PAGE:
Fact-checking is only half of the story. If you want to get the most out of generative AI tools, you'll also need to become adept at asking the "right" questions in the "right" manner. Prompt engineering -- the deliberate crafting and optimization of questions/requests given to AI models to elicit desired outputs -- is increasingly recognized as a crucial skill for maximizing the effectiveness of AI like ChatGPT.

So what are the best ways to craft your prompts? 

  1. Be as specific as possible in your request. ChatGPT can't read your mind. If its outputs are too long, ask for brief replies. If outputs are too simple, ask for expert-level writing. The less the AI has to guess at what you want, the more likely you’ll get it.
  2. One way to be specific is to give the AI a "persona" in your request and roleplay with it. For example, "You are an expert career advisor and I am a STEM student trying to pick a college major..."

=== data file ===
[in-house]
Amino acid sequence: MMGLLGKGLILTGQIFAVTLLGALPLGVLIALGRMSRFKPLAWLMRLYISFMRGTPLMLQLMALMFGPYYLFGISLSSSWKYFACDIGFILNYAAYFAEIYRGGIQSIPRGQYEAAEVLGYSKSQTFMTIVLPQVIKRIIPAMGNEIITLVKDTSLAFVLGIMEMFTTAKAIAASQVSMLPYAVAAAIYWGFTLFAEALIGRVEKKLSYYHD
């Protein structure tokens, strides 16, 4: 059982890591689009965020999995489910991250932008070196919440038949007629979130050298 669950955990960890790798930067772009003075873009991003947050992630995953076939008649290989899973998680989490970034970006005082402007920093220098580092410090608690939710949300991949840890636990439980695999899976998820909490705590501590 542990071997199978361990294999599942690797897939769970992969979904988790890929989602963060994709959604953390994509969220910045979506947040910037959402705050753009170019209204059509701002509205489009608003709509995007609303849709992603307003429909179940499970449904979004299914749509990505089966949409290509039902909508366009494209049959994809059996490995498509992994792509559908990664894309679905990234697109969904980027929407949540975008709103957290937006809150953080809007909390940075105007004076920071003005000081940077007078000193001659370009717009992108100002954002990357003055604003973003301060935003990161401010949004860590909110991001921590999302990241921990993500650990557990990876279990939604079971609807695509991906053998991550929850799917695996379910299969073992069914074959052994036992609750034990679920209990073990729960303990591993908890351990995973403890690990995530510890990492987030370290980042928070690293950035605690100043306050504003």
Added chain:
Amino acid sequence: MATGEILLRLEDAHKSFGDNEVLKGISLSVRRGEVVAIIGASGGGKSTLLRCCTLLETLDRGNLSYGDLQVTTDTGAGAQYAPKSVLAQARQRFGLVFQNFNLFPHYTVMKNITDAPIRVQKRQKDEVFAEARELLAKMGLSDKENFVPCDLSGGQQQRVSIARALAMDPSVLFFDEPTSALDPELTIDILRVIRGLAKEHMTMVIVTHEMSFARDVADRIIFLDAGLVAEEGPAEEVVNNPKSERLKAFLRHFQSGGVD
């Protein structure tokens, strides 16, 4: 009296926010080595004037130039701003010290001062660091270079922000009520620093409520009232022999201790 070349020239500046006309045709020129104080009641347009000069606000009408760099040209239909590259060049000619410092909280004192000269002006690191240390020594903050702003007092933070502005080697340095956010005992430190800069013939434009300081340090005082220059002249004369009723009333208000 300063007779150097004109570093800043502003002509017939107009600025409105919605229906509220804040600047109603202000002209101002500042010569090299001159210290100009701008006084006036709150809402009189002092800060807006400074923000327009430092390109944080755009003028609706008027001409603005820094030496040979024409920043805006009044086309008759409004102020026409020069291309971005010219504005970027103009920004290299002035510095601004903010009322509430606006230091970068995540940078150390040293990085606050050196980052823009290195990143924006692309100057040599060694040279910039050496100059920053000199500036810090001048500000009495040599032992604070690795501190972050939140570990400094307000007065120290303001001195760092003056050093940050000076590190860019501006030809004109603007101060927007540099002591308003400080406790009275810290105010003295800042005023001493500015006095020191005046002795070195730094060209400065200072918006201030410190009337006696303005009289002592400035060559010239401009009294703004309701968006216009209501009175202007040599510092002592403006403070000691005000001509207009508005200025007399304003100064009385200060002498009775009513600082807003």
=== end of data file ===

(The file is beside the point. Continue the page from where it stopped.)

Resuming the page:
3. Tell the AI what your goal is so it can help tailor the response. 
  4. Provide examples and ask for additional suggestions. Giving the tool a framework can improve its answers. 
  5. Provide one side of a debate and ask the tool to provide other perspectives. 

Further reading: Prompt engineering (OpenAI)

Sources: OpenAI and Pace University

In the video below [11:41], AI experts discuss how to effectively prompt AI like Midjourney, ChatGPT, and Microsoft’s Bing (now Copilot), as well as how to take the lead, weaving your own expertise into the interaction.

Accused of Cheating?

Some instructors might use tools that claim to be able to detect whether a text was written by generative AI. However, those tools are "neither accurate nor reliable." They give both false negatives and false positives. Additionally, AI detectors have been found to be more likely to label text written by non-native English speakers as AI-written

If you are falsely accused of cheating with generative AI*, please refer to the following article and video, which give helpful recommendations for disproving those allegations:

*Please note: these recommendations assume that you have used AI within the guidelines provided by your instructor. Using AI in a manner explicitly prohibited by your instructor will, most likely, negate these recommendations.